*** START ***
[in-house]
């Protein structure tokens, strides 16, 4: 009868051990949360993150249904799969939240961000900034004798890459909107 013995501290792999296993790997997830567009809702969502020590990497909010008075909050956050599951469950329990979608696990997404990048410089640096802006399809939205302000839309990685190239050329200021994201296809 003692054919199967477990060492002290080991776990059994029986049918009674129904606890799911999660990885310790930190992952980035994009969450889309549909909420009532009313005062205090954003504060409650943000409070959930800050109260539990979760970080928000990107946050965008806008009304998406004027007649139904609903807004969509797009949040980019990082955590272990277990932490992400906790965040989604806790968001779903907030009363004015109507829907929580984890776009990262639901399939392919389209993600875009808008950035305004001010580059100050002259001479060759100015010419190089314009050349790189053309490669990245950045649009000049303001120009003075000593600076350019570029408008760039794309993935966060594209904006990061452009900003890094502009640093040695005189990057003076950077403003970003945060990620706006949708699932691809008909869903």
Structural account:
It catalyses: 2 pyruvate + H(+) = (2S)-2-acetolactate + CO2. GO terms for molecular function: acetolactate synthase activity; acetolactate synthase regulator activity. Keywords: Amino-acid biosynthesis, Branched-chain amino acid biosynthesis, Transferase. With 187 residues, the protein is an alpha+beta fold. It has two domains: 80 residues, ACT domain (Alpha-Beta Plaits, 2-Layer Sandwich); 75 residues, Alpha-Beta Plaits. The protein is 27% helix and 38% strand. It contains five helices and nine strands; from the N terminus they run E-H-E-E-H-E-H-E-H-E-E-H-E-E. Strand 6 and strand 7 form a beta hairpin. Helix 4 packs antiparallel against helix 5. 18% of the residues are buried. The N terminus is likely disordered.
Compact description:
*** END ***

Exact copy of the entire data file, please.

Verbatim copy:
[in-house]
């Protein structure tokens, strides 16, 4: 009868051990949360993150249904799969939240961000900034004798890459909107 013995501290792999296993790997997830567009809702969502020590990497909010008075909050956050599951469950329990979608696990997404990048410089640096802006399809939205302000839309990685190239050329200021994201296809 003692054919199967477990060492002290080991776990059994029986049918009674129904606890799911999660990885310790930190992952980035994009969450889309549909909420009532009313005062205090954003504060409650943000409070959930800050109260539990979760970080928000990107946050965008806008009304998406004027007649139904609903807004969509797009949040980019990082955590272990277990932490992400906790965040989604806790968001779903907030009363004015109507829907929580984890776009990262639901399939392919389209993600875009808008950035305004001010580059100050002259001479060759100015010419190089314009050349790189053309490669990245950045649009000049303001120009003075000593600076350019570029408008760039794309993935966060594209904006990061452009900003890094502009640093040695005189990057003076950077403003970003945060990620706006949708699932691809008909869903």
Structural account:
It catalyses: 2 pyruvate + H(+) = (2S)-2-acetolactate + CO2. GO terms for molecular function: acetolactate synthase activity; acetolactate synthase regulator activity. Keywords: Amino-acid biosynthesis, Branched-chain amino acid biosynthesis, Transferase. With 187 residues, the protein is an alpha+beta fold. It has two domains: 80 residues, ACT domain (Alpha-Beta Plaits, 2-Layer Sandwich); 75 residues, Alpha-Beta Plaits. The protein is 27% helix and 38% strand. It contains five helices and nine strands; from the N terminus they run E-H-E-E-H-E-H-E-H-E-E-H-E-E. Strand 6 and strand 7 form a beta hairpin. Helix 4 packs antiparallel against helix 5. 18% of the residues are buried. The N terminus is likely disordered.
Compact description: